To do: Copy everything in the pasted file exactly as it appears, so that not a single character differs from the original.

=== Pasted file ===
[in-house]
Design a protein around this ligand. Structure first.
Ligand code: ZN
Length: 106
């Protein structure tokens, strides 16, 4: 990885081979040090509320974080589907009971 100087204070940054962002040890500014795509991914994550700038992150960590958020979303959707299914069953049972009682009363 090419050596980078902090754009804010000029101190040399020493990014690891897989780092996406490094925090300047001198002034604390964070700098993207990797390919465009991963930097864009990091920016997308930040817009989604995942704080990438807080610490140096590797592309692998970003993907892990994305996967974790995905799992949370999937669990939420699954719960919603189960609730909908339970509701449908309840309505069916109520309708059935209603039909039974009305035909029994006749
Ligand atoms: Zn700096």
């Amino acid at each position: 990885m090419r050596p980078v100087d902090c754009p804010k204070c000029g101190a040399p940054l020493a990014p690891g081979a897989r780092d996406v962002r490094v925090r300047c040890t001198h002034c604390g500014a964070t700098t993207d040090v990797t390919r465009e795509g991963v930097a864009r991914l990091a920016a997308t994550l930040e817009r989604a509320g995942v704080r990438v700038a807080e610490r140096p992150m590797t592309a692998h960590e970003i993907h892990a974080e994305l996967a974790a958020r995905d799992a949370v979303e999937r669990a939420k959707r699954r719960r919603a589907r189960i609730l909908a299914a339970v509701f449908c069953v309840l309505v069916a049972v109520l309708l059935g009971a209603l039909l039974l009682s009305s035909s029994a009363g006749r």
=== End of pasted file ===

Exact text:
[in-house]
Design a protein around this ligand. Structure first.
Ligand code: ZN
Length: 106
């Protein structure tokens, strides 16, 4: 990885081979040090509320974080589907009971 100087204070940054962002040890500014795509991914994550700038992150960590958020979303959707299914069953049972009682009363 090419050596980078902090754009804010000029101190040399020493990014690891897989780092996406490094925090300047001198002034604390964070700098993207990797390919465009991963930097864009990091920016997308930040817009989604995942704080990438807080610490140096590797592309692998970003993907892990994305996967974790995905799992949370999937669990939420699954719960919603189960609730909908339970509701449908309840309505069916109520309708059935209603039909039974009305035909029994006749
Ligand atoms: Zn700096």
């Amino acid at each position: 990885m090419r050596p980078v100087d902090c754009p804010k204070c000029g101190a040399p940054l020493a990014p690891g081979a897989r780092d996406v962002r490094v925090r300047c040890t001198h002034c604390g500014a964070t700098t993207d040090v990797t390919r465009e795509g991963v930097a864009r991914l990091a920016a997308t994550l930040e817009r989604a509320g995942v704080r990438v700038a807080e610490r140096p992150m590797t592309a692998h960590e970003i993907h892990a974080e994305l996967a974790a958020r995905d799992a949370v979303e999937r669990a939420k959707r699954r719960r919603a589907r189960i609730l909908a299914a339970v509701f449908c069953v309840l309505v069916a049972v109520l309708l059935g009971a209603l039909l039974l009682s009305s035909s029994a009363g006749r």